Rai Bahadur Chunilal Of Bombay Talkies  offered her a role in their film ‘Basant’ (1942). She came to Bombay and did Basant and then ‘Kismet’ (1943). Both the films were hits all over India.  Mumtaz was good looking, tall and lithe, so looked attractive. After ‘Kismet’ she became a free lancer and worked with many different studios. Her notable films are ‘Badalti Duniya’ and ‘Sawaal’ (1943), ‘Bharthari’, ‘Lady Doctor’ and ‘Pagli Duniya’ (1944), ‘Chaand Chakori’ (1945), ‘Shravan Kumar’, ‘Dharti’, ‘Magadhraj’ and ‘Pujari’ (1946), ‘Dekhojee’ and ‘Doosri Shadi’ (1947), ‘Padmini’, ‘Heer Ranjha’ and ‘Ghar Ki Izzat’ (1948), ‘Putli’, ‘Biwi’ and ‘Aahuti’ (1950). Her last film in India was ‘Zamaane Ki Hawa’ (1952). In all she worked in 21 Hindi and 4 Punjabi films. She did 2 films in Calcutta, 4 in Lahore and the rest in Bombay.

She married lyricist/writer/director Wali Saheb in 1947. He directed her in 3 films in India. He was very strict and forced her to come to studios only in burqa. She was not allowed to talk to anyone. No one was allowed to touch her, even in any scene. They migrated to Pakistan after 1953. She retired from films and remained a housewife only. Wali Saheb did 3-4 films in Pakistan, without much success. He passed away in 1977. Mumtaz Shanti passed away in 1993/94, unsung and unknown in Pakistan.

After Independence films were being made on social values which the Indian people wanted to inculcate in their new life, like importance of joint families, need to do hard work, need to abolish bad customs like dowry, bridging the gap between the rich and the poor, importance of education, women’s emancipation, abolition of castes and untouchability, respecting elders and traditions etc. Thus it will be seen that every film had some or the other message for the society.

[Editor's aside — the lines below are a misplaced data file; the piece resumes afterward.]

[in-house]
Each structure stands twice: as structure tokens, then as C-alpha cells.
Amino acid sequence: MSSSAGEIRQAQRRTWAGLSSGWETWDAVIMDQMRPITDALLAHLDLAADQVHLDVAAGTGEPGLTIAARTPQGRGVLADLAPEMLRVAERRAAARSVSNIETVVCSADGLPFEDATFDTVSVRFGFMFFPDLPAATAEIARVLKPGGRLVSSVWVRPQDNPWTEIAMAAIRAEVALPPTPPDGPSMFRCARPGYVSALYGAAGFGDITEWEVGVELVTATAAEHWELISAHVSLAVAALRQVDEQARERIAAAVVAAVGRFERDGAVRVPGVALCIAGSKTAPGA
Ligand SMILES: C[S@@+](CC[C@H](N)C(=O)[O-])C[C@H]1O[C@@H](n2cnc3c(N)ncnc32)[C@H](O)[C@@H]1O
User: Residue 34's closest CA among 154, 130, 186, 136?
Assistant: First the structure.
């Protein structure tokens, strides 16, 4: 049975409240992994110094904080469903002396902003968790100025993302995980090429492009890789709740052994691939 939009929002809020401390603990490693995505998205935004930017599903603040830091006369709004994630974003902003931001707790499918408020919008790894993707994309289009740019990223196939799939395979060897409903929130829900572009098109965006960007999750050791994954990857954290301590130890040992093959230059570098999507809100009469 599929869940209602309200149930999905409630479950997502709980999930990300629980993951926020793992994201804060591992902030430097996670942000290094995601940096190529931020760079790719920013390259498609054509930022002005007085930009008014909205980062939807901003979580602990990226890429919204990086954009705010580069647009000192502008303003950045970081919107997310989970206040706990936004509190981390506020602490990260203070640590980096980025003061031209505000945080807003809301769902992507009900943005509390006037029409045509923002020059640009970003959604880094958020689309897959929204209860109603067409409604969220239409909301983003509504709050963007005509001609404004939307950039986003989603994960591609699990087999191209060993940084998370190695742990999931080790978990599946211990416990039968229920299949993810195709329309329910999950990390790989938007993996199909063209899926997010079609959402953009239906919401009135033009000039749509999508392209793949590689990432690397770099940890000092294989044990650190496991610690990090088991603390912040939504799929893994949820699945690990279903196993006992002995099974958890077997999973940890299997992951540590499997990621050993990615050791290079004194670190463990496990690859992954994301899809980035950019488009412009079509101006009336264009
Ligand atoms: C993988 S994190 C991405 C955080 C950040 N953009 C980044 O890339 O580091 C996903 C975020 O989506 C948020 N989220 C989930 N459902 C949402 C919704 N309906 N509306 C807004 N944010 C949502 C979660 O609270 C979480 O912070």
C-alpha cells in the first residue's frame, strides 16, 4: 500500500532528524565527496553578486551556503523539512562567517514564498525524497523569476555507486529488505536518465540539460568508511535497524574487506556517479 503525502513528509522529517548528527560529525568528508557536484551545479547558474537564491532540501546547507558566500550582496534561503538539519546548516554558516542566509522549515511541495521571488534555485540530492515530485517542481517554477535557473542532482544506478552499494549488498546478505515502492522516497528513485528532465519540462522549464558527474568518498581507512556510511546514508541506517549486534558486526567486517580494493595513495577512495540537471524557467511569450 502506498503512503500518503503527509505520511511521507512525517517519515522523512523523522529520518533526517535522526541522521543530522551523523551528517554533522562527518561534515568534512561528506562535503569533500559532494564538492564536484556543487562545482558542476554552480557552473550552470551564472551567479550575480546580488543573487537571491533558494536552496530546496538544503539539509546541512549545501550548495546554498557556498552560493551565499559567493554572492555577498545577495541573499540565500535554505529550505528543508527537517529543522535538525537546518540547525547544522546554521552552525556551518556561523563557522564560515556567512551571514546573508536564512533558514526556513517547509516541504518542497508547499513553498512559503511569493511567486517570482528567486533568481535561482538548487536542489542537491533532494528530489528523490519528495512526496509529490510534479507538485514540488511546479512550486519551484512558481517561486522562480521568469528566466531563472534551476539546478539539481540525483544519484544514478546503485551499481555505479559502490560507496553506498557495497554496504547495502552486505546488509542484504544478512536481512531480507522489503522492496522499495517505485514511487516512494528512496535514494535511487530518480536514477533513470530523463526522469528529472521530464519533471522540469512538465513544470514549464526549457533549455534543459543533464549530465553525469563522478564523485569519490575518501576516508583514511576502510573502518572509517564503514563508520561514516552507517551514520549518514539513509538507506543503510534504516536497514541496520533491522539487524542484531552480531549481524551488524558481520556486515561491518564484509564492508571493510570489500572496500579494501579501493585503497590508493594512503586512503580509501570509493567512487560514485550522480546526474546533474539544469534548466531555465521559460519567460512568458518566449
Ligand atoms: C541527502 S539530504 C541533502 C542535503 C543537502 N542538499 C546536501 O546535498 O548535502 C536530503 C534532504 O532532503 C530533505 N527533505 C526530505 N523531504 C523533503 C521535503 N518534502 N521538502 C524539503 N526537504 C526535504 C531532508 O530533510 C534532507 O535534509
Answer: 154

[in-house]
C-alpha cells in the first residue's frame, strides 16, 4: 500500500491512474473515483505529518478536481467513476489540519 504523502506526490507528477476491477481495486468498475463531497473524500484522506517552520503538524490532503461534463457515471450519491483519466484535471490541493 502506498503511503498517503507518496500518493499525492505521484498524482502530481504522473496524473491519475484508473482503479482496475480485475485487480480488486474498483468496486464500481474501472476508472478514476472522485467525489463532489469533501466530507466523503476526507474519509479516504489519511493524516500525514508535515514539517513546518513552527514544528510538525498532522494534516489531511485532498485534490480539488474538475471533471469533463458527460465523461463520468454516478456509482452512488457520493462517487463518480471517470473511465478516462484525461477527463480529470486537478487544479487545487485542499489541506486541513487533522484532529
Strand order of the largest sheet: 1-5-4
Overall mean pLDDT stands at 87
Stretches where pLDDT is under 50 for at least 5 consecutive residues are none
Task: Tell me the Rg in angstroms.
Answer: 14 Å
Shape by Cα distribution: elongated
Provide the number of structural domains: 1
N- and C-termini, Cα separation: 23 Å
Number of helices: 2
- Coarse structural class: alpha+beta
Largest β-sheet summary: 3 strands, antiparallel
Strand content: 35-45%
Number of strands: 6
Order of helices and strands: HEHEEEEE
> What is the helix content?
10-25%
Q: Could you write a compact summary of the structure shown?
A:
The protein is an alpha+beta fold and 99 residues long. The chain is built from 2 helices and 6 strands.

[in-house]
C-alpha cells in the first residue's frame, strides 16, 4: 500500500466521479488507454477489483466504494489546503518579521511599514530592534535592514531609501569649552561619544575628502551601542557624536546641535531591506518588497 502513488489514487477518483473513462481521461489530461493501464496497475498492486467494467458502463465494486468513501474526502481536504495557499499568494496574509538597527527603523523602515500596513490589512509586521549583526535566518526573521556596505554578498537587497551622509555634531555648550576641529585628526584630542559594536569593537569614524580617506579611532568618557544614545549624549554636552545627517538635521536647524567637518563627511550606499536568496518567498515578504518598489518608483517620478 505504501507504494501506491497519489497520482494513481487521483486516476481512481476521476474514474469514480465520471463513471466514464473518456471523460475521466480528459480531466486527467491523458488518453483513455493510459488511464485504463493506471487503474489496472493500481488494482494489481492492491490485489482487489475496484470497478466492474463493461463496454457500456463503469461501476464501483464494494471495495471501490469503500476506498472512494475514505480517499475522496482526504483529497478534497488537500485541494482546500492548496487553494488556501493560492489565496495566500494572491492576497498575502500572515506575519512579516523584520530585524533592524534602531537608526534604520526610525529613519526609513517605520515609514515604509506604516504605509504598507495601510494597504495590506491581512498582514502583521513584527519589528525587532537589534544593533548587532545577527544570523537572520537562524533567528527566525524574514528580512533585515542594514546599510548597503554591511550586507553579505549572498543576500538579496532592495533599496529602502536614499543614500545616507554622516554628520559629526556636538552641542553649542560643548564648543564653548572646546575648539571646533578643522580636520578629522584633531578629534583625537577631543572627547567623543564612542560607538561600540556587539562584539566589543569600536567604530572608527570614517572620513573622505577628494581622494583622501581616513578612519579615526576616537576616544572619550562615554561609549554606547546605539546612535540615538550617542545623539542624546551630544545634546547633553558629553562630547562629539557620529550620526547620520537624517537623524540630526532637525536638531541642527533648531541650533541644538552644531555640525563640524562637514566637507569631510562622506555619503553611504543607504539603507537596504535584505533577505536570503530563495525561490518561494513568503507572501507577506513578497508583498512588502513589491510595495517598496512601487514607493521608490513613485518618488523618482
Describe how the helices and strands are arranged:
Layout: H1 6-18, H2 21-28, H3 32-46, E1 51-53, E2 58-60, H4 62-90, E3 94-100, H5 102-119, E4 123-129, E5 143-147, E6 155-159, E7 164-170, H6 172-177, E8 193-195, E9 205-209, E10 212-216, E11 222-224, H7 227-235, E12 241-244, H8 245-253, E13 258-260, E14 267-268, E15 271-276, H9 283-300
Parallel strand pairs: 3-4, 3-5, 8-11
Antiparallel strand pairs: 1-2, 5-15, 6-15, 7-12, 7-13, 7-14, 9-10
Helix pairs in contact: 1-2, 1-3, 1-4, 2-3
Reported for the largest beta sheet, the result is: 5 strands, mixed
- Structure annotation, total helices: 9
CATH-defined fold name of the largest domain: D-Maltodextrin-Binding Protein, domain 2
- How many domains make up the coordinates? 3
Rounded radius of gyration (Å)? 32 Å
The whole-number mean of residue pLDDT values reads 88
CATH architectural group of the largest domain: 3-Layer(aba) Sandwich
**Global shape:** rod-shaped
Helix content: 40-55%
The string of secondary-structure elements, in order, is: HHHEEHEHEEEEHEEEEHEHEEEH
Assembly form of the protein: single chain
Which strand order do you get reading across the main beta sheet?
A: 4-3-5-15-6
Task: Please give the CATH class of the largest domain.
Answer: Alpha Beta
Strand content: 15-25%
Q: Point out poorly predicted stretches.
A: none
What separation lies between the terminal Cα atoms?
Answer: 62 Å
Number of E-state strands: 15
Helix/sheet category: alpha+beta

This was also one such film, in which the makers stressed the need to strengthen the joint family tradition and to reduce the gap between the rich and the poor. The film had become quite popular, as it did not sound like a propaganda film but the message was conveyed in a very entertaining way. The songs were good and became popular. The music of this film is composed by Pt Gobind Ram.

Pt Gobind Ram was a highly respected composer in the industry for his originality. Stalwarts like C Ramchandra considered Sajjaad Husain and Pt Gobind Ram ji as the original composers. It is stated by Pankaj Raag in his book ‘Dhunon Ki Yatra’ that in the mid 1940s, “. . . when K Asif planned his magnum opus ‘Mughal e Azam’, he had initially engaged Gobindram ji as the music director”. It is another thing that the film was delayed, for other reasons, by almost 15 years. Almost all the main players in the film got changed during this period of delay, including the music director. During his career, Pt Gobind Ram gave music to 32 films from 1937 to 1955, composing 302 songs.

Just before writing this article, I saw this film on YouTube to refresh my memory. I had seen the film in the early 1950s in its second run in Hyderabad. The cast of the film includes the name Dixit.  Only a handful readers will recollect who he was, but there was a time in the early talkie era of 1930s and the 40s when he was a popular name. He and actor Ghory had formed a comic pair on the lines of the Laurel and Hardy team of the English cinema. In those days 4 comedians were popular – Dixit, Ghory, Kesari and Charlie.